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When drum & bass aficionados Bryan Gee and Edo van Duyn witnessed DJ Marky’s energetic mixing skills in his native Sao Paulo, Brazil, they took him to London and transformed him from local hero into international fixture. He is a resident at long-running London drum & bass night Movement and this, his first international mix CD demonstrates exactly what all the hubbub is about. From start to end, the energy level is cranked up with Marky mixing in track after uplifting drum & bass track. The selection combines brisk, rolling breaks with feel good vocals and his signature international flavor. The opener, "LK" sets the tone for the whole CD as acoustic Latin-flavored guitars introduce a thunderous breakbeat. Marky skillfully weaves in the heavyweight sounds of J-Majik’s "Intergalactic Spaced Invader" and Future Cuts’ bass-loaded "The Specialist" alongside more melodic cuts by Shy FX and Un-Cut. Marky uses his Latin influence to spice things up; his own track "So Tinha Que Ser Com Voce" sizzles with funky Brazilian warmth as does his remix of Fernanda Porto’s "Sambassim". The Brazilian Job is simply one of the most original and diverse drum & bass mixes to emerge in years. This one’ll stay in your player for months.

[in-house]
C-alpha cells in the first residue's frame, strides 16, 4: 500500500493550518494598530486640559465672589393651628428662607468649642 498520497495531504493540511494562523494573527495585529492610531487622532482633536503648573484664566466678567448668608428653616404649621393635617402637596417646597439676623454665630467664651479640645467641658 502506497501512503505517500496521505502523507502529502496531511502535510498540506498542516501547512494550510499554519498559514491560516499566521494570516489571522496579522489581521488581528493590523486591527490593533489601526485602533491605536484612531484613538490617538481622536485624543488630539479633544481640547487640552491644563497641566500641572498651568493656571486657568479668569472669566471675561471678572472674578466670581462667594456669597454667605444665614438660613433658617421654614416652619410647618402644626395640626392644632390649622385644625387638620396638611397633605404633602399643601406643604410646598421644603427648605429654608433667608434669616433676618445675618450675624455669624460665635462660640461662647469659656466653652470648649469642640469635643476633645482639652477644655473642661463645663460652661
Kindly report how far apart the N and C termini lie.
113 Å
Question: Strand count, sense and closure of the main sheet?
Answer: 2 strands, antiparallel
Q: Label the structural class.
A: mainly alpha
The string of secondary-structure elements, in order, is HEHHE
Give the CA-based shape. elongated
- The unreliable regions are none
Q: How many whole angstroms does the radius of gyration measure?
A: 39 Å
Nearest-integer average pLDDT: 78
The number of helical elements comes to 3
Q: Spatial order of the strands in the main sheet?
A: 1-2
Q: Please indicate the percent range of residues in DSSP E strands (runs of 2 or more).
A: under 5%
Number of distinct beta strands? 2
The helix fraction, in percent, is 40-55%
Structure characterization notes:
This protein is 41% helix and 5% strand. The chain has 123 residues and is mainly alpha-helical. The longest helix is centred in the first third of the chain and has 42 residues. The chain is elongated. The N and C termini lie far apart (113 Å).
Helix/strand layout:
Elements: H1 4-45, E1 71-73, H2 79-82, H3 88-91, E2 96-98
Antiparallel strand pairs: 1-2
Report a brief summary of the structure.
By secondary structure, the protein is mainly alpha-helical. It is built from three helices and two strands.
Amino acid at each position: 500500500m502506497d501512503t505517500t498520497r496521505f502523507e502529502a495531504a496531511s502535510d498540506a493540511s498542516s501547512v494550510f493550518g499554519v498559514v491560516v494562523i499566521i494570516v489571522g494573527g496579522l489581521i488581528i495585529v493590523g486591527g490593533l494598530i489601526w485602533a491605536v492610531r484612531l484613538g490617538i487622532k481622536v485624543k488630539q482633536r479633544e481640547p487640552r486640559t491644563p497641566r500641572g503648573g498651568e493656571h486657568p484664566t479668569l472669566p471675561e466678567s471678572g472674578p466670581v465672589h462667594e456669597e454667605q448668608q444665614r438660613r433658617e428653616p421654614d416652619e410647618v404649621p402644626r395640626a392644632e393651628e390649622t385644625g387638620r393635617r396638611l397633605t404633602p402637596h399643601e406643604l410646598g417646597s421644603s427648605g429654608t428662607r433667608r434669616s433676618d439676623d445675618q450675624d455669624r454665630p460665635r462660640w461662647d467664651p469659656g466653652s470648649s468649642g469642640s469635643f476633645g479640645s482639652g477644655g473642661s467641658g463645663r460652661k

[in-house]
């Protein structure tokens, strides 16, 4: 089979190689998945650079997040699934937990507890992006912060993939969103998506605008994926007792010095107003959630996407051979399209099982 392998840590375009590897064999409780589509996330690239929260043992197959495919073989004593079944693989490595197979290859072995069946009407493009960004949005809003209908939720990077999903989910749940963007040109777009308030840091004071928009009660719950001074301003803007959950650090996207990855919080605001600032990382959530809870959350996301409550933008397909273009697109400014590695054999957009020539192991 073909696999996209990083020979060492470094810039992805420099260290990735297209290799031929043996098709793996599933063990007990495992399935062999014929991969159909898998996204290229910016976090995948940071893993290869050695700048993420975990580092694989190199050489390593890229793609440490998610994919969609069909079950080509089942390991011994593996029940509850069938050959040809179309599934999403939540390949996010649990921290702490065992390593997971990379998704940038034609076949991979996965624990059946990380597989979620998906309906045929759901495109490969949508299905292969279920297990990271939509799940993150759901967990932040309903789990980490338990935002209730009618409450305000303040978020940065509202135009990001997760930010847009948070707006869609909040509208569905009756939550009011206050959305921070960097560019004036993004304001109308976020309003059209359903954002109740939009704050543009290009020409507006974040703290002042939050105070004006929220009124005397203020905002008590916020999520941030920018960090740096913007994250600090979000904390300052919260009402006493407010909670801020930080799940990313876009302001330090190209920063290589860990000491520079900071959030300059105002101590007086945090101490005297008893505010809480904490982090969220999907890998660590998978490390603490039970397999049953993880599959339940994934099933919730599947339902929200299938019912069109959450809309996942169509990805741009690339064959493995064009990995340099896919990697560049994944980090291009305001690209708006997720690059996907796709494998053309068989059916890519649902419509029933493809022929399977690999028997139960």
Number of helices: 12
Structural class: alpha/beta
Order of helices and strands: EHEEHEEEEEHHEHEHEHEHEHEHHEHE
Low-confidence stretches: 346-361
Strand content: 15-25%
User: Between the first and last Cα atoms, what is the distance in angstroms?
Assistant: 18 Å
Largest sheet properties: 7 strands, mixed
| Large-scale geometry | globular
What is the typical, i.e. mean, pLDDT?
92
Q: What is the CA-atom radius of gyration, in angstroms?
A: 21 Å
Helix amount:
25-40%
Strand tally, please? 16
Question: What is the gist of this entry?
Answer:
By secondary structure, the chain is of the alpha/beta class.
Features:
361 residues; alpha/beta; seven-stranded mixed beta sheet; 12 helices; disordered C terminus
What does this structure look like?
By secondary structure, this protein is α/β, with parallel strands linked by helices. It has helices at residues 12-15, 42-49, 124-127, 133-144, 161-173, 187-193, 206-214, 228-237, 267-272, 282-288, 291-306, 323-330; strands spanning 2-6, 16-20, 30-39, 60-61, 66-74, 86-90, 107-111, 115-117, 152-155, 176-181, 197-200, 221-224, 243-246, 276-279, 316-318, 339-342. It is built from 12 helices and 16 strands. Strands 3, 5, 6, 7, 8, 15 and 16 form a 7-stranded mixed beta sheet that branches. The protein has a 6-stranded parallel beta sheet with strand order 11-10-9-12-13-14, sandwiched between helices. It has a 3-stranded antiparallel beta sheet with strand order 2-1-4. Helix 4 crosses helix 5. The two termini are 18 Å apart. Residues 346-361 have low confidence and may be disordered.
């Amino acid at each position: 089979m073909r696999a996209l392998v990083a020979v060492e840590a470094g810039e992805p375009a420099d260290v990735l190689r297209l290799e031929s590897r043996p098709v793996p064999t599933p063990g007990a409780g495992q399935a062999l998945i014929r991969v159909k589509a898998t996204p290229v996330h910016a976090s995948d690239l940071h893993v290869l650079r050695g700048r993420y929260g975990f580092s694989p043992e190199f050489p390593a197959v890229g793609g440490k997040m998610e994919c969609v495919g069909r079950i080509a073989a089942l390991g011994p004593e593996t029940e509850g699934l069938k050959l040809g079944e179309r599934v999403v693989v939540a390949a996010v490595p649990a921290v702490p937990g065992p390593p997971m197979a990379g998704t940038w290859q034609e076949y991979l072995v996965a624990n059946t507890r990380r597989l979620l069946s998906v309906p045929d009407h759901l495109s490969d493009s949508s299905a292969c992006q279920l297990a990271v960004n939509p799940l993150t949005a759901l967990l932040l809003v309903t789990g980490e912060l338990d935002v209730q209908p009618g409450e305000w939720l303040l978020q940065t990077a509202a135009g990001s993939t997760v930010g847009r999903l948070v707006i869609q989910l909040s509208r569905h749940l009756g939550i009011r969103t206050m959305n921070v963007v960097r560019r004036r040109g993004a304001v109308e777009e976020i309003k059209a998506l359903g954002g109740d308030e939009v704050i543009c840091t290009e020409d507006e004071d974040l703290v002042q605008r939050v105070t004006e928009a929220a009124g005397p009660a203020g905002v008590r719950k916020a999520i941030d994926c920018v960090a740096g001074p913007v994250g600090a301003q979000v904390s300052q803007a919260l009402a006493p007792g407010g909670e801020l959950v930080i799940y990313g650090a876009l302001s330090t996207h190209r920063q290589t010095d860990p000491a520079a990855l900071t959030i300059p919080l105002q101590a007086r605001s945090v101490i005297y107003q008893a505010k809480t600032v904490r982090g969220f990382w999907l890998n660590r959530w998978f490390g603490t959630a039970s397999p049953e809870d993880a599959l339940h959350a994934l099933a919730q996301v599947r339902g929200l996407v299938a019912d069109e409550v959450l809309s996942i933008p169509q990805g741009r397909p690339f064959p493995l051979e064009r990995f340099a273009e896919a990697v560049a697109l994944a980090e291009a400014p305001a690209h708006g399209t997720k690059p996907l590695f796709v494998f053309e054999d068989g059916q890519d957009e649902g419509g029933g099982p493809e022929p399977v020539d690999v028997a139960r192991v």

I love jazz because anything is possible; it has few rules and the best jazz breaks those ones. I prefer free improv because it doesn't really have any rules at all.
I was first exposed to jazz in my teens (in the late sixties).
The first jazz record I bought was Filles de Kilimanjaro by Miles Davis, shortly followed by Extrapolation by John McLaughlin.
My advice to new listeners is to listen as widely as possible and not to make snap judgments--stick with it.